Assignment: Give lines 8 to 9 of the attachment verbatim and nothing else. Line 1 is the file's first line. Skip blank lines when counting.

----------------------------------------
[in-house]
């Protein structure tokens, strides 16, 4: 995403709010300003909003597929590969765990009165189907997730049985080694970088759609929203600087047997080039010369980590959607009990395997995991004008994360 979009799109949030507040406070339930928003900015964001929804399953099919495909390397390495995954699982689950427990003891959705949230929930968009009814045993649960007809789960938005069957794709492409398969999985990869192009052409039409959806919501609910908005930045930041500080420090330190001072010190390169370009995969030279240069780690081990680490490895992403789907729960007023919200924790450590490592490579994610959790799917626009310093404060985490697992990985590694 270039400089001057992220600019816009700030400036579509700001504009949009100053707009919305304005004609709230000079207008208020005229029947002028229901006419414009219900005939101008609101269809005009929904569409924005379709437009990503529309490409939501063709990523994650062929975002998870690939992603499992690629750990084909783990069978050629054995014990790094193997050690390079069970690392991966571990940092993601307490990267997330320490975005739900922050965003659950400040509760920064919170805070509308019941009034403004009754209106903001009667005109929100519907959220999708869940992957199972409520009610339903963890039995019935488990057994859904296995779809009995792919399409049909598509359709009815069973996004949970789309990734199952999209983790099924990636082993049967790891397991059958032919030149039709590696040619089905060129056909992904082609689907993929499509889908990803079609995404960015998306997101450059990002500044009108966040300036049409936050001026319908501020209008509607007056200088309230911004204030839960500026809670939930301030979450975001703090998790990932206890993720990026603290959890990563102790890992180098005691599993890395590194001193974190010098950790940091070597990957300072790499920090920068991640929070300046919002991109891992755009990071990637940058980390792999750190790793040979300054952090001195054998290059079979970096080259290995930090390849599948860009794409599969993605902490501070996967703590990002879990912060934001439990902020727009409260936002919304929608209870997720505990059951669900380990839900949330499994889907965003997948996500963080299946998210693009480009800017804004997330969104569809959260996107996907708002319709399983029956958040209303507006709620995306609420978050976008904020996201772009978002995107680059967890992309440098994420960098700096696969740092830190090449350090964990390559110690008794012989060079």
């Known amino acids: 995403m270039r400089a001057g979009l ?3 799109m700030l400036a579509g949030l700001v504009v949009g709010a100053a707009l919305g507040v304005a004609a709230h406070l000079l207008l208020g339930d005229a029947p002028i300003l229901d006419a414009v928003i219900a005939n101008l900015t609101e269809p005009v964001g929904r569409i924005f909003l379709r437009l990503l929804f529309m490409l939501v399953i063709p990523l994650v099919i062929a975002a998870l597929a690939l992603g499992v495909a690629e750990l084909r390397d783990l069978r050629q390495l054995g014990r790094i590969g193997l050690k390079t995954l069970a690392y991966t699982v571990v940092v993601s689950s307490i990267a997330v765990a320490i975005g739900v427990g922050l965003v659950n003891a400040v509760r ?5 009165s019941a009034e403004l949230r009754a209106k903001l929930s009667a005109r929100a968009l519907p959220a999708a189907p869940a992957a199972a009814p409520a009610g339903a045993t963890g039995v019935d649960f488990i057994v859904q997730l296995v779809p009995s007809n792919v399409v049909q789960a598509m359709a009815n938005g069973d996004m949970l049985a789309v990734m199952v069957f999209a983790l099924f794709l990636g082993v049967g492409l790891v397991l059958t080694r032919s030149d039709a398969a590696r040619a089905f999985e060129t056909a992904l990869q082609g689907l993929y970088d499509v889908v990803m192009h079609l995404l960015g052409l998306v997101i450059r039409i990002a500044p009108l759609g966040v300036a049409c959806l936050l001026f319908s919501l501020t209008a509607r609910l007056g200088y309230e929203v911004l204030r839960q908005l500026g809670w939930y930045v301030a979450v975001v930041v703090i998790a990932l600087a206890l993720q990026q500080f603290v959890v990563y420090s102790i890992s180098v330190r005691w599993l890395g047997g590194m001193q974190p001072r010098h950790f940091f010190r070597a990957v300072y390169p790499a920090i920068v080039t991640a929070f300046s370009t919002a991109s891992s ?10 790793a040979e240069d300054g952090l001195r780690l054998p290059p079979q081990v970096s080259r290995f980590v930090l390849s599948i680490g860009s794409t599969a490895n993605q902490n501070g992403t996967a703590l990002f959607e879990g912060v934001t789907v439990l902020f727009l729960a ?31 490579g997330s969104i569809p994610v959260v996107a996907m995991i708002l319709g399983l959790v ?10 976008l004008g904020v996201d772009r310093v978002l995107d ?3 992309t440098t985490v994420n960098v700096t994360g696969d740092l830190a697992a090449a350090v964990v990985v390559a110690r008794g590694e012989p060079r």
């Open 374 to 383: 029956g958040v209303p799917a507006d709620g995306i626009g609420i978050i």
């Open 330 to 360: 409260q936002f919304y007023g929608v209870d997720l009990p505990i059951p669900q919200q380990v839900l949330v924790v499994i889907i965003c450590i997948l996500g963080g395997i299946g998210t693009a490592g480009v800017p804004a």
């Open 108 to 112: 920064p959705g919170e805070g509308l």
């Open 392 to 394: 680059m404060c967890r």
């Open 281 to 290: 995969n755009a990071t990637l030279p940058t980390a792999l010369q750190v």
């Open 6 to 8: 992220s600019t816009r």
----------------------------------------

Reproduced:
């Open 281 to 290: 995969n755009a990071t990637l030279p940058t980390a792999l010369q750190v």
């Open 6 to 8: 992220s600019t816009r």